August 19, 2017


29° C, Partly cloudy

Full Forecast

Record: 40 – 35 – 7

Winnipeg Jets Logo

Winnipeg Jets (40 – 35 – 7)


Advertise With Us

Under the umbrella: how it works

Hey there, time traveller!
This article was published 3/12/2014 (990 days ago), so information in it may no longer be current.




The Jets:

33 - Dustin Byfuglien

67 - RW Michael Frolik

55 - Mark Scheifle

8 - Jacob Trouba

9 - Evander Kane



The Jets had gone seven games without a power-play goal heading into their three-game road trip last week, a streak which had reached 0-for-25 before Evander Kane scored against the Columbus Blue Jackets.

During the Columbus game the Jets unveiled a new 'umbrella' look on the power-play -- 'new' for them, at least -- that could also be called a 1-3-1. The Jets power-play was 2-for-4 on the power-play against the Blue Jackets (the second was an empty netter), but followed that up by going 1-for-3 against Buffalo a night later and 1-for-5 against Boston. It marked the first time this season the Jets had scored with the man advantage in three straight games.



The umbrella look helped provide the Jets with their only goal in a 2-1 overtime loss in Boston last Friday. On the play, Mark Scheifele (55), Dustin Byfuglien (33) and Jacob Trouba (3) are spread out to form the umbrella, with Michael Frolik (67) and Evander Kane (9) down low.

Scheifele feeds Byfuglien, the Bruins' penalty killer at the top is late to come over, freeing up a simple shot toward the net. Frolik steps in front of Boston goaltender Tuukka Rask and an innocent-looking shot attempt finds its way through traffic into the back of the net.



"Most coaches talk about moving north and south, east and west. When you get the puck down low, the penalty-kill unit collapses to try and shrink the rink. If you can get that puck moving from low to high quickly or by moving your feet, the shooting lanes and options increase dramatically.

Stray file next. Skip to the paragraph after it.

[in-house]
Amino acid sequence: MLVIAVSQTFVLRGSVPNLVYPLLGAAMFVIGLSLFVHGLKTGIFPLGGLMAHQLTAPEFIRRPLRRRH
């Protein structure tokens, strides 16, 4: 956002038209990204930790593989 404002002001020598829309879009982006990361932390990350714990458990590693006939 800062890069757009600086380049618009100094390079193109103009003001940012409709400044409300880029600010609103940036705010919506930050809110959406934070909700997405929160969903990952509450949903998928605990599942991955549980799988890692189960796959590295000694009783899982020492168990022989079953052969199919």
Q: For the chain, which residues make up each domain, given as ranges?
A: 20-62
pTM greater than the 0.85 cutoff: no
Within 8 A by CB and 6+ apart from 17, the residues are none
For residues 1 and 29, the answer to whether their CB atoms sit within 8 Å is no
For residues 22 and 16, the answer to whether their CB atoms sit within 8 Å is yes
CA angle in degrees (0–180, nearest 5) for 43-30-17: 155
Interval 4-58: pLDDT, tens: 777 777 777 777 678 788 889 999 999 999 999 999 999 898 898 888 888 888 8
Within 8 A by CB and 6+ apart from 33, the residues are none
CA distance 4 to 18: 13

"The key lately has been the shots getting through to the net. The Jets were getting lots of shots, but many were being blocked. What is also important is how the Jets are moving without the puck. When a power-play is stagnant and the players are set in their positions on the ice it's very easy for the four penalty killers to defend by taking away passing or shooting lanes."



"A lot of this recent success for the Jets and their power-play has to do with confidence, too. When you're confident, moving the puck and having success you can't wait to get on the power-play. And when you're not confident, it's a lot tougher no matter what you do on the power-play.

"Just the fact they've had success with this formation helps breed that confidence and guys can't wait to get on the attack with the man advantage."

J.P. Vigier, who grew up in Notre Dame de Lourdes, Man., is a former NHL winger (Atlanta Thrashers, 2000-07) who finished his career in the Swiss league. He does Jets analysis for both TSN 1290 and Radio Canada and teaches power skating and skill development for kids of all ages (

-- Ed Tait


Advertise With Us


Updated on Wednesday, December 3, 2014 at 9:16 AM CST: Formats text, adds video

You can comment on most stories on You can also agree or disagree with other comments. All you need to do is be a Winnipeg Free Press print or e-edition subscriber to join the conversation and give your feedback.

Have Your Say

New to commenting? Check out our Frequently Asked Questions.

Have Your Say

Comments are open to Winnipeg Free Press print or e-edition subscribers only. why?

Have Your Say

Comments are open to Winnipeg Free Press Subscribers only. why?

The Winnipeg Free Press does not necessarily endorse any of the views posted. By submitting your comment, you agree to our Terms and Conditions. These terms were revised effective January 2015.

Photo Store

Scroll down to load more